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The latest report by renowned ratings agency, Moody’s, shows that relatively-smaller Kenyan banks are making more money from their customers compared to their significantly larger counterparts in Nigeria. And this largely due to the incorporation of technology.
Per the data from Moody’s, Kenyan banks’ cost-to-income ratios averaged 49 percent over the last four years, compared with 57 percent for Nigerian banks.
Moody’s latest report had it that deployment of mobile channels as replacements for brick and mortar environments and hiring of third party agents have helped banks in Kenya cut the number of branches from 1,518 in 2017 to 1,505 in 2018.
In the same vein, the number of staff stood at 31,889 in 2018, increasing from 30,903 in 2017 but lower than the decade high of 36,923 in 2014.
“Kenyan banks’ cost-to-income ratios averaged 49 percent over the last four years, compared with 57 percent for Nigerian banks. This, together with lower provisioning requirements, supports the higher profitability of Kenyan banks,” Moody’s said.
However, the recent entry of Nigeria’s largest lender, Access Bank, into Kenya will give it exposure to the market that has learned to manage costs and tap into huge retail base through the mobile phone according to the agency.
Also, a number of Nigerian lenders including United Bank of Africa, Guarantee Trust Bank and lately, Access Bank, through the acquisition of Moi-linked Transnational, have a presence in Nairobi.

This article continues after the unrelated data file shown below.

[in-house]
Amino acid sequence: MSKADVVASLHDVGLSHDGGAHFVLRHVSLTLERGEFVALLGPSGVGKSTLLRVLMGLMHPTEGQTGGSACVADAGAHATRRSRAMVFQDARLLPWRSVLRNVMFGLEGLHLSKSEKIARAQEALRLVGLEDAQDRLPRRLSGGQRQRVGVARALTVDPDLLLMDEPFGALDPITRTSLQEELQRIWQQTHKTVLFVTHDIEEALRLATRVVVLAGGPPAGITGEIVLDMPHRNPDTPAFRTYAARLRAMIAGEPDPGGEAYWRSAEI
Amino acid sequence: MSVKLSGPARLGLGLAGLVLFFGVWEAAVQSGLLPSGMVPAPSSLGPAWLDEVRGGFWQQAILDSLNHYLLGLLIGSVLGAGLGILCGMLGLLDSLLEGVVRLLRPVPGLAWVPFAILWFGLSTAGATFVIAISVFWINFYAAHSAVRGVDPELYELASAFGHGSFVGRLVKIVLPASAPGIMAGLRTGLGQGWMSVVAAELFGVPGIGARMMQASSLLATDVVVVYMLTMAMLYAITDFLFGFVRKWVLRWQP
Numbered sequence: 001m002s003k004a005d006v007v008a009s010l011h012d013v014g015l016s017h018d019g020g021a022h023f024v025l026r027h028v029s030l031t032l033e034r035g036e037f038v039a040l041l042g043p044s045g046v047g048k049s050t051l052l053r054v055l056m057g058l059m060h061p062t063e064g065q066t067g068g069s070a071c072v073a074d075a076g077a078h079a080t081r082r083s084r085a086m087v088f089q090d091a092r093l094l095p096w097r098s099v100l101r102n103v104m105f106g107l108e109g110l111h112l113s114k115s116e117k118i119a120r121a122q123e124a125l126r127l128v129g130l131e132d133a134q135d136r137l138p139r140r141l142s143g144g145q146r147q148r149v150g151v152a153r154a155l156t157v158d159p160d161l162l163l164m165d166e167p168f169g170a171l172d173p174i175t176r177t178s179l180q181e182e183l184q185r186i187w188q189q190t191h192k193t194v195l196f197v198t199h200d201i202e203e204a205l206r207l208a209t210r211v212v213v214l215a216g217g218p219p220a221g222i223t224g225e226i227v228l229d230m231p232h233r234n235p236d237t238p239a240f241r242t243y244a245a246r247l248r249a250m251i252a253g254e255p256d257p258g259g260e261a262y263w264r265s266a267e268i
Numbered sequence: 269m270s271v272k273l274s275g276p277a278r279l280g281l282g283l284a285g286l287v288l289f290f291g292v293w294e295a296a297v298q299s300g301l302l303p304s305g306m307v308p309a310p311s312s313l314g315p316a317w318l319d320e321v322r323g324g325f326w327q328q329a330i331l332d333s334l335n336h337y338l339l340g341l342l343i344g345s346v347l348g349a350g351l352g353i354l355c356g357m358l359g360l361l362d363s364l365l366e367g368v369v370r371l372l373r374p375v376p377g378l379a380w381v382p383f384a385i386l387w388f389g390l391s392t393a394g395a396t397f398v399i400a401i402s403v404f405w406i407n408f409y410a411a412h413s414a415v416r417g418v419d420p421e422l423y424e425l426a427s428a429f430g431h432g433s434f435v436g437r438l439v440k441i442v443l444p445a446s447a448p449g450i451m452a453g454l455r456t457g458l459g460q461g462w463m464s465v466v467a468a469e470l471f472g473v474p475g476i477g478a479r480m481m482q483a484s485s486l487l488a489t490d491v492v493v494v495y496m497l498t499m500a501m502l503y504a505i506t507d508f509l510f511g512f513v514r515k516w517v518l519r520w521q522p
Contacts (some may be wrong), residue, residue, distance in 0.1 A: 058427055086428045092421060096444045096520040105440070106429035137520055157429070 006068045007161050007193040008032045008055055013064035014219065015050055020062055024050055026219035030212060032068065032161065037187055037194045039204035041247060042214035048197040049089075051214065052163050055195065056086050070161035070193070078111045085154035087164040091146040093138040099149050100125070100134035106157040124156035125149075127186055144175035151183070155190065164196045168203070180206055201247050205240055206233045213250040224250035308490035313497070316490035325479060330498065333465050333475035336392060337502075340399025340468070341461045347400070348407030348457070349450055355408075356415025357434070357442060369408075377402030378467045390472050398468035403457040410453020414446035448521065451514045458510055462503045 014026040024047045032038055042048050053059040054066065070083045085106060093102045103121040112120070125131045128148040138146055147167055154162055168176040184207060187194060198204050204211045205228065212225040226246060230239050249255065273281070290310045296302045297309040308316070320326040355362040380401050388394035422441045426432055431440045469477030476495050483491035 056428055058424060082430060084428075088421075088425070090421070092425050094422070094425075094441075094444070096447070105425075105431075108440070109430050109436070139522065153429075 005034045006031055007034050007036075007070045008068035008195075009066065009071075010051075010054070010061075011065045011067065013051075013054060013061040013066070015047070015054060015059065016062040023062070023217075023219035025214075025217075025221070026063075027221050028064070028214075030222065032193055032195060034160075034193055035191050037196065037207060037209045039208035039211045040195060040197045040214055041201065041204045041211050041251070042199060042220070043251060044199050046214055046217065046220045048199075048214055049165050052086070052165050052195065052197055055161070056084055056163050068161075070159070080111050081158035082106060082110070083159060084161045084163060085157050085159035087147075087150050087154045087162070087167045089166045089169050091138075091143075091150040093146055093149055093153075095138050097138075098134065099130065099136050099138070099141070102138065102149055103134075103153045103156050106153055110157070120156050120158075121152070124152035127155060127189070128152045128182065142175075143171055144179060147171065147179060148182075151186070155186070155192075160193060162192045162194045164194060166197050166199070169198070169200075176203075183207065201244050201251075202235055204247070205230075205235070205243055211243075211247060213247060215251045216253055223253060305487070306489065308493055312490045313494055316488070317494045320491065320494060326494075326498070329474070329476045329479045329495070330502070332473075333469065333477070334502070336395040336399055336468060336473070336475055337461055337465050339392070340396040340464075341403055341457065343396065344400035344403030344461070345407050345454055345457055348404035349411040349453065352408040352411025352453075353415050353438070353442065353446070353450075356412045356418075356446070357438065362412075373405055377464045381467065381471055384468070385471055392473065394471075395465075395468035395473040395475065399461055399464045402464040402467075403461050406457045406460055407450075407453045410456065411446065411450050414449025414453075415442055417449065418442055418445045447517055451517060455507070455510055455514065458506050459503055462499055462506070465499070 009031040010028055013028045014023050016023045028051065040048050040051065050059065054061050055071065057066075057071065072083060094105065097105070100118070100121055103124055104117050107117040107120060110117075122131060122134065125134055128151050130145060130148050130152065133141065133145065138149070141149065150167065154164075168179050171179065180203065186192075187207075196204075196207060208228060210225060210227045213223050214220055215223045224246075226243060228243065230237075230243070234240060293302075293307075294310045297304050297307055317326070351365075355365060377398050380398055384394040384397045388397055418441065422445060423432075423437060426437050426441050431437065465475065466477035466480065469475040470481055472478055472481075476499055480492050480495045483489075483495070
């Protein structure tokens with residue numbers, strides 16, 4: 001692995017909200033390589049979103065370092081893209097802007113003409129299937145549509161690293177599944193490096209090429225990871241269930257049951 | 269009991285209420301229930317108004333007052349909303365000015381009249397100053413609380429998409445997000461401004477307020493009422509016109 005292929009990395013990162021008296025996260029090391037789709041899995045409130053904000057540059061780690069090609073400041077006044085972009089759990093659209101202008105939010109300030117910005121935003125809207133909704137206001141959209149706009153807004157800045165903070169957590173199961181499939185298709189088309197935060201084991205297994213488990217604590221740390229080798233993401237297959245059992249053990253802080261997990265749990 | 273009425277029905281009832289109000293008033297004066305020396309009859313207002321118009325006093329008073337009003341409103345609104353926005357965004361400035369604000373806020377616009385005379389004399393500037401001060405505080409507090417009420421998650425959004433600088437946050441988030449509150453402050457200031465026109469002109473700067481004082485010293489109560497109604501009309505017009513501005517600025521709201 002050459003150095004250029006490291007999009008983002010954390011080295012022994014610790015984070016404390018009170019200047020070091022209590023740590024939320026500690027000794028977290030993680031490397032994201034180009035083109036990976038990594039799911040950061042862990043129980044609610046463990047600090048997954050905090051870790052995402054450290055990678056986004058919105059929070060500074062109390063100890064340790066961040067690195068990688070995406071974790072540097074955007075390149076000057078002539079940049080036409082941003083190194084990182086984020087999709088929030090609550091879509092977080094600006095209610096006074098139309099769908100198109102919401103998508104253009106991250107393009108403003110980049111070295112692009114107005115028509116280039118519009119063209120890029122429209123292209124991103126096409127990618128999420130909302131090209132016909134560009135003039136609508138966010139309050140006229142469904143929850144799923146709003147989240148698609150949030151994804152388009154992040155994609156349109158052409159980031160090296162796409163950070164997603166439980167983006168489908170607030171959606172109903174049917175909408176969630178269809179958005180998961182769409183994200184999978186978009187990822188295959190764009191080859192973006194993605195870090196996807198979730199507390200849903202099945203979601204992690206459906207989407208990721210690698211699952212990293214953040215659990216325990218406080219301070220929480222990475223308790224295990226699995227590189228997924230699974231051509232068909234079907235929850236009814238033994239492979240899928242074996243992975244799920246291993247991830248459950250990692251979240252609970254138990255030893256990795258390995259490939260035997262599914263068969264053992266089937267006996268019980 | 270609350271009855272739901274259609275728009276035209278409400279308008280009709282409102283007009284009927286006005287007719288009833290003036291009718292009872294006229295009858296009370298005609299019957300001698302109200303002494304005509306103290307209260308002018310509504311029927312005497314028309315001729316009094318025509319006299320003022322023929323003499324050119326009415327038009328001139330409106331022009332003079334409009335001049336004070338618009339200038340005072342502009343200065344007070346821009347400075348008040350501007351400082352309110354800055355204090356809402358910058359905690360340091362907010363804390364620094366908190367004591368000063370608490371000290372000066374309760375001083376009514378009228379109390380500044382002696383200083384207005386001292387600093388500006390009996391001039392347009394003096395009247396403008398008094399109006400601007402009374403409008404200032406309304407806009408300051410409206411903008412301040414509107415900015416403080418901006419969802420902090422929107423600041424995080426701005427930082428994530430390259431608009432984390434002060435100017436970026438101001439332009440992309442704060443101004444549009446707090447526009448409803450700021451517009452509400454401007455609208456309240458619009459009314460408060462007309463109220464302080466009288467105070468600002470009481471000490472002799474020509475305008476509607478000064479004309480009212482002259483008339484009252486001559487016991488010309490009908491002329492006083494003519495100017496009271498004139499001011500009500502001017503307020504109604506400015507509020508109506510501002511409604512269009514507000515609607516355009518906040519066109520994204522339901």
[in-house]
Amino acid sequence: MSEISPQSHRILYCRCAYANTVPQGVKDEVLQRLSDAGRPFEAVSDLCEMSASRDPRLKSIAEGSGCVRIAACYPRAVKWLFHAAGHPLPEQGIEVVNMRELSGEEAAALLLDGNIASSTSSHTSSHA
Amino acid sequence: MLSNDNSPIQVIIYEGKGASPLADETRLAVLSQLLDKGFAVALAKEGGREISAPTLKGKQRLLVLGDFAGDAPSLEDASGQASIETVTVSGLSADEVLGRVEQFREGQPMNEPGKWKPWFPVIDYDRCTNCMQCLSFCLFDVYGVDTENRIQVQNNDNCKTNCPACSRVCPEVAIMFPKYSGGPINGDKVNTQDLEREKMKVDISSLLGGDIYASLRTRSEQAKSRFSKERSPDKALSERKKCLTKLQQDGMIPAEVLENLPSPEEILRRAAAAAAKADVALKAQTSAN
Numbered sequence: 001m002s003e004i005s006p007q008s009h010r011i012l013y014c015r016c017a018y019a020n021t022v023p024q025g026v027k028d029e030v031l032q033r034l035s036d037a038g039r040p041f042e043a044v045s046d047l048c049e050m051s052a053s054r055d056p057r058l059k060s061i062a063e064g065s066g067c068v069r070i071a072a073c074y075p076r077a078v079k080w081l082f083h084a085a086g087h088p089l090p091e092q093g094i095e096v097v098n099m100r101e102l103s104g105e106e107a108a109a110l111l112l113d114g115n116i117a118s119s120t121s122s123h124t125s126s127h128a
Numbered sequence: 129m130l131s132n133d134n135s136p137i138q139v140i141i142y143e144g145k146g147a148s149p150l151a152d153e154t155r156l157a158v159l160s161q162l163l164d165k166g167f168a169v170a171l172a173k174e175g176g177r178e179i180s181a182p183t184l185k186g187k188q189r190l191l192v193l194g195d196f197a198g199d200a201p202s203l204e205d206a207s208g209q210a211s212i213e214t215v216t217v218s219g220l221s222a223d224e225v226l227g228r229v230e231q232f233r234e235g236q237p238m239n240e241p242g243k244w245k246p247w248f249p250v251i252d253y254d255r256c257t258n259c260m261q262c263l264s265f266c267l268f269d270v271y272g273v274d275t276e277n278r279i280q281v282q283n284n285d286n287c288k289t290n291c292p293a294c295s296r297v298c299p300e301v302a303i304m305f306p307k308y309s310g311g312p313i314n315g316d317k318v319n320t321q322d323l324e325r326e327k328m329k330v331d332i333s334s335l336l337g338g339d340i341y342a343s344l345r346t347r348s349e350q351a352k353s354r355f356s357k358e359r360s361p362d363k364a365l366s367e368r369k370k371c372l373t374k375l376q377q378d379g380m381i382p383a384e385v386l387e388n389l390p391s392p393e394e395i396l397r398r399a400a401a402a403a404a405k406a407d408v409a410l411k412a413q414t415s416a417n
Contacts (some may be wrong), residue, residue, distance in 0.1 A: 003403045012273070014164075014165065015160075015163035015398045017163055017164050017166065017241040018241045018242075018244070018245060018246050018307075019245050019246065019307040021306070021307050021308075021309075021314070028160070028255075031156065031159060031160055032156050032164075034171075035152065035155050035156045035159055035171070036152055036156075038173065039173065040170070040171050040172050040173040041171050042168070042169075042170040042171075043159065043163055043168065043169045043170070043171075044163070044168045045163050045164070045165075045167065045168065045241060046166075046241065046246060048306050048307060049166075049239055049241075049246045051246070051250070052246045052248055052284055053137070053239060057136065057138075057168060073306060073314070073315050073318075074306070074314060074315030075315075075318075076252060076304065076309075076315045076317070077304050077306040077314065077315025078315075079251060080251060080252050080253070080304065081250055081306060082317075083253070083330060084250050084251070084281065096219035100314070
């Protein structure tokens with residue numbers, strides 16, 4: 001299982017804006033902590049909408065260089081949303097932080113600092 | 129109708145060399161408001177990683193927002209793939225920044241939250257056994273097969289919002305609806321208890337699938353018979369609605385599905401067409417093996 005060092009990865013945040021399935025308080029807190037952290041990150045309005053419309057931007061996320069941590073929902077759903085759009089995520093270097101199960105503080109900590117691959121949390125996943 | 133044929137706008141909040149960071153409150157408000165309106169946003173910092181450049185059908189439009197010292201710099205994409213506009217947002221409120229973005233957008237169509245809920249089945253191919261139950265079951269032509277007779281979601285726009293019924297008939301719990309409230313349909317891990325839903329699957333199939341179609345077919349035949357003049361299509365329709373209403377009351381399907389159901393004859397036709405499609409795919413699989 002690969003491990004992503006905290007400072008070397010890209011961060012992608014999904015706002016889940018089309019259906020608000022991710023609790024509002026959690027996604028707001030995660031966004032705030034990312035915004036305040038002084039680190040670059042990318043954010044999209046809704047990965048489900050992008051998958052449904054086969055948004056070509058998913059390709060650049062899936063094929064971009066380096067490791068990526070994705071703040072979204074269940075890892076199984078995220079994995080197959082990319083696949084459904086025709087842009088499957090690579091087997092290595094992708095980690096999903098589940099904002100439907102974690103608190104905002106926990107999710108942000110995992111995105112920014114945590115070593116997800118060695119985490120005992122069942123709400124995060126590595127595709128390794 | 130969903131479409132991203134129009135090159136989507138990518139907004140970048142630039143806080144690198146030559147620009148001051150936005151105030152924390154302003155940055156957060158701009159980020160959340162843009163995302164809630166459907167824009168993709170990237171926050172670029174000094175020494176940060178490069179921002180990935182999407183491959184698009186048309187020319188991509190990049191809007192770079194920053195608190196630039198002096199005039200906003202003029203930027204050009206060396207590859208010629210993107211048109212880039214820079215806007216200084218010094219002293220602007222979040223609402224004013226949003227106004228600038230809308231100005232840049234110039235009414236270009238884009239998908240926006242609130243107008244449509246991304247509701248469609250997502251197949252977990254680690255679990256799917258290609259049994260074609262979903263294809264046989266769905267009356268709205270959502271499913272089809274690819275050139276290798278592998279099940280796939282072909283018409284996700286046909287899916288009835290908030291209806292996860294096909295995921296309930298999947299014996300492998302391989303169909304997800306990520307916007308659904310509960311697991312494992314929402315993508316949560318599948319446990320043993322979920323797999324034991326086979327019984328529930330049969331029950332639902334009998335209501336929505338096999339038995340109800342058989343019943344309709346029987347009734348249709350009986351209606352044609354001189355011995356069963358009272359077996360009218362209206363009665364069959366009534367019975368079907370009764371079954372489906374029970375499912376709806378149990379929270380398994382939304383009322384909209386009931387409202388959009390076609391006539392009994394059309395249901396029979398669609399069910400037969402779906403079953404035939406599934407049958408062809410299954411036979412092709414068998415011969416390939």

Compared to Lagos, Moody’s analysts say Nairobi has a superior cost-saving model compared which gives Kenyan banks the edge, helping them make more money than their bigger Nigerian counterparts.
Moody’s also pointed out that, now freed from the constraints of the rate cap, Kenyan banks are set to land a windfall that will boost earnings.
The removal of the rate cap brought increased interest in the banking counters at the Nairobi Securities Exchange that saw them rally on the expectation of future growth.
“Kenyan banks will continue to benefit from their higher net interest margins because the recent removal of interest rate caps on their lending will increase their loan yields,” Moody’s said.
Even as the Kenyan banks are releasing third-quarter figures which will not be affected by the recent removal of interest rate cap, the outlook for the future generally looks good.
Featured Image Courtesy: ebru.co.ke
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